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Comment: Rumble in the Jungle in Germany

In Germany, the climate topic is at the centre of attention these days: While the former capital Bonn hosts the COP23 world climate conference, participants in the current capital Berlin are also fighting over climate issues in exploratory talks for a so called 'Jamaica Coalition'.

Image: PixabayImage: Pixabay

Year after year... the world meets and negotiates about climate protection. This year, the Fiji Islands are actually hosting the conference, but for logistical reasons they have moved it to Germany. It's a pity, because the nearly 25,000 participants will be put out of action for the live demonstration, as it is when you literally have your water up to your neck. This is what happens to the population of the Fiji Islands, where the effects of climate change are already being felt to an extreme degree.

The two-week conference in Bonn went into full swing right from the start. Germany apparently remembered its image as a pioneer in climate protection and generously distributed millions of euros in donations to the world's poorest countries. Positive side-effect for the co-host: Nobody is talking about the fact that Germany will miss its own climate protection targets for 2020. And no one is talking about the German car industry with its fake exhaust emissions anymore.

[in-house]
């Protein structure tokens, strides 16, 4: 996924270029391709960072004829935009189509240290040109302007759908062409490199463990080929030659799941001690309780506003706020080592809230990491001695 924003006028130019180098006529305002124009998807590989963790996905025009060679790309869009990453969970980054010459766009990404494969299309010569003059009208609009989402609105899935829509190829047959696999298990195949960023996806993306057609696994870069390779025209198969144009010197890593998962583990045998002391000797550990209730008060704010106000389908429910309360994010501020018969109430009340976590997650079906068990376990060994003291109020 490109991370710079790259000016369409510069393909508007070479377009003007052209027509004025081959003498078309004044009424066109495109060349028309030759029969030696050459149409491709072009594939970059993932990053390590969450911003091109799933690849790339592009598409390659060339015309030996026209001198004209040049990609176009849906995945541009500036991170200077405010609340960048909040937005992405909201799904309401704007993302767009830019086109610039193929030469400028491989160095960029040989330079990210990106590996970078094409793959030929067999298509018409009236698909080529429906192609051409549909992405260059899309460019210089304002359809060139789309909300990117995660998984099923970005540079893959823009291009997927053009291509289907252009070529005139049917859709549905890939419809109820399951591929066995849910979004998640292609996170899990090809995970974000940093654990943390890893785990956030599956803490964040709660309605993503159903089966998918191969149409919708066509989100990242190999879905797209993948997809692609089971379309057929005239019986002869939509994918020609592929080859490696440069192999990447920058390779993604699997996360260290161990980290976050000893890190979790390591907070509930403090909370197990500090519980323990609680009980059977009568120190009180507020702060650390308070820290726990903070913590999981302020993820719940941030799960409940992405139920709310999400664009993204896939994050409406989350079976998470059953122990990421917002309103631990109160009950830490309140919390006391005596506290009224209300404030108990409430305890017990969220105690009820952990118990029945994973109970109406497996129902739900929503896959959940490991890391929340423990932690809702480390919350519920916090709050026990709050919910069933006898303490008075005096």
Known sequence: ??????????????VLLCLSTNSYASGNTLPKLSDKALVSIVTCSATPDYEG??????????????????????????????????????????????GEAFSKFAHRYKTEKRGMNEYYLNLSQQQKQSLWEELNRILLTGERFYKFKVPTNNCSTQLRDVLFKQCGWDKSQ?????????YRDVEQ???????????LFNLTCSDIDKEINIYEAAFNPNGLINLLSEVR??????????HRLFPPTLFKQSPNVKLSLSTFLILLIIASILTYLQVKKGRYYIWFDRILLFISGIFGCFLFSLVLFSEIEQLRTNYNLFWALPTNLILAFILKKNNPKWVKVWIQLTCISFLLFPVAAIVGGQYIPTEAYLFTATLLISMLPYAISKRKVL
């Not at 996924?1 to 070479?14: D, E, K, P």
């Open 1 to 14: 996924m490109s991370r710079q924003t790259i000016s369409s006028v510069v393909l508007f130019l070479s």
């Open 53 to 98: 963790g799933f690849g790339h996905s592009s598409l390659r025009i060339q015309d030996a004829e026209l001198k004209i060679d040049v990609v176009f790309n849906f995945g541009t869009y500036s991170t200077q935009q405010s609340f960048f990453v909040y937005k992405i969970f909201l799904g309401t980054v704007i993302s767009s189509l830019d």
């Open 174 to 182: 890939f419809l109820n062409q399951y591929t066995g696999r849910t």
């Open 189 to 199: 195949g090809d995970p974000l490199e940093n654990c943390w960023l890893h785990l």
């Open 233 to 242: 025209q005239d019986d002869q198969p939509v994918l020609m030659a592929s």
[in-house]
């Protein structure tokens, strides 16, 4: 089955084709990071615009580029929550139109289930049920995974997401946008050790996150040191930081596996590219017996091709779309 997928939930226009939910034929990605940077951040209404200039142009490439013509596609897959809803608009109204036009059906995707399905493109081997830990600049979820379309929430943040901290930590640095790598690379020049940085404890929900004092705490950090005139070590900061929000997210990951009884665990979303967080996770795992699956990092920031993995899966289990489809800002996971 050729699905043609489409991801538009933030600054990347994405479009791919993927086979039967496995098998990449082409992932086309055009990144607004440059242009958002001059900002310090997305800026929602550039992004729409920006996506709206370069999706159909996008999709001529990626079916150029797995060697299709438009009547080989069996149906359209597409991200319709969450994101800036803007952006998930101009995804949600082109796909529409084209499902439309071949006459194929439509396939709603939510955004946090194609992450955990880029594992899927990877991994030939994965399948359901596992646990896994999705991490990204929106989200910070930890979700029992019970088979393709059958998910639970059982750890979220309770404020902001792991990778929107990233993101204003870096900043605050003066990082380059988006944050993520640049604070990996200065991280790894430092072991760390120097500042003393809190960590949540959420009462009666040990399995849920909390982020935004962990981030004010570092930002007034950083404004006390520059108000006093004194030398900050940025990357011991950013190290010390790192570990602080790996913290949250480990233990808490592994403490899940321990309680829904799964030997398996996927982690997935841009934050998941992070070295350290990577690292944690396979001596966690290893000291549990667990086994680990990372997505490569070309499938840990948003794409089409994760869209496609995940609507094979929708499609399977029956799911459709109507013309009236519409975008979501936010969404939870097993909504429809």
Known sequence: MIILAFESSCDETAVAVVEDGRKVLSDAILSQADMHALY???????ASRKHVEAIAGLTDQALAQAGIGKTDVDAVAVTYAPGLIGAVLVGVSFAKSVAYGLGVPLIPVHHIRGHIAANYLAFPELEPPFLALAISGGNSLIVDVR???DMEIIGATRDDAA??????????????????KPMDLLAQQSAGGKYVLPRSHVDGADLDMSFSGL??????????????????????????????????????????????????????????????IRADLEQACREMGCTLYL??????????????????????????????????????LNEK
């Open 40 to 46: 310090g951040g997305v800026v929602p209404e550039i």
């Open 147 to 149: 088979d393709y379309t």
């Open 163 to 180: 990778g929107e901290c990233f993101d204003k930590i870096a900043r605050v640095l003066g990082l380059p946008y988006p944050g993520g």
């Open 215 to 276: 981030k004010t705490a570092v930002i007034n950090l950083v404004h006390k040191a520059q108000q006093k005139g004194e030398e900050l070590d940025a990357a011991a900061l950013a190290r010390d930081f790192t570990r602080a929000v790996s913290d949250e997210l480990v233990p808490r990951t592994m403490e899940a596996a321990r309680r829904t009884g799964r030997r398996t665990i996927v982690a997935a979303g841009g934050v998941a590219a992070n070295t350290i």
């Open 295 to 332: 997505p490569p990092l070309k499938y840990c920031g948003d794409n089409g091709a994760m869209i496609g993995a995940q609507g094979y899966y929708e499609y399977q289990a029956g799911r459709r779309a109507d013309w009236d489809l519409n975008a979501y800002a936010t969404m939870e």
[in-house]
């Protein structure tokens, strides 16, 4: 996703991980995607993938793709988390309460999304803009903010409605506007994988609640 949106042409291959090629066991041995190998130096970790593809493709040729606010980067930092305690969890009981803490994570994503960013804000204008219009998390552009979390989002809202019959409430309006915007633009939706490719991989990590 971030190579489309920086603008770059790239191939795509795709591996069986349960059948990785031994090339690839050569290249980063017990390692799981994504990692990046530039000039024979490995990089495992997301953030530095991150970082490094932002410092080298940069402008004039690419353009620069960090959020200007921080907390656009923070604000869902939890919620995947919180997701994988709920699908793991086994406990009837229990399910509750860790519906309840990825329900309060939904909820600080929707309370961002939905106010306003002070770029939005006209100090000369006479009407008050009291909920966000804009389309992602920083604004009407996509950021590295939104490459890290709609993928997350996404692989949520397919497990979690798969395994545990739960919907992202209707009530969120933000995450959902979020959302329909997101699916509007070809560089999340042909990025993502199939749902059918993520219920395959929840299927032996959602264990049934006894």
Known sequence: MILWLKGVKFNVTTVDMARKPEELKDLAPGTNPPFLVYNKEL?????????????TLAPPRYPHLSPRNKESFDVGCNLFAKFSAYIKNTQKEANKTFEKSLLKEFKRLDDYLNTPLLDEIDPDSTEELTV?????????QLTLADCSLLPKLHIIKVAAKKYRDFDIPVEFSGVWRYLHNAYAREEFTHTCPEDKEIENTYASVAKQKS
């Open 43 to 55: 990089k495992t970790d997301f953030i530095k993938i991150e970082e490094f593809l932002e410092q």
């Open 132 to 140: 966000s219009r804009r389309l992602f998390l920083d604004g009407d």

The U.S. under Donald Trump, on the other hand, also returned to what they do best: rumble in the jungle. Because war-torn Syria, of all things, was making the Americans look like fools. The Syrian delegation announced that they wanted to join the 2015 Paris Agreement to help fight climate change. Nicaragua had already announced its participation earlier, leaving the United States the only country in the world (!) that doesn't want to have anything to do with the agreement any more... as Donald Trump doesn't believe in climate change.

However, because the U.S. administration didn't want to leave Syria's accession uncommented, a spokeswoman for the U.S. State Department emphasized the alleged irony of Syria's concern about the climate worrying so much about what is being blown in the air when gasing their own people... sensitivity not being a strong suit of the Americans.

Meanwhile, the French proved how do make it right. They want to celebrate the second anniversary of the Paris Agreement in December and asked delegates from around 100 countries to come together in Paris. The Americans haven't (yet) been invited to the party, to give the other participants a chance to celebrate in peace. It remains to be seen how Donald Trump will comment on this when he will return from Asia.

Katrin Radtke
climate, climate change, Paris Climate Agreement, Cop23, Germany, USA, France

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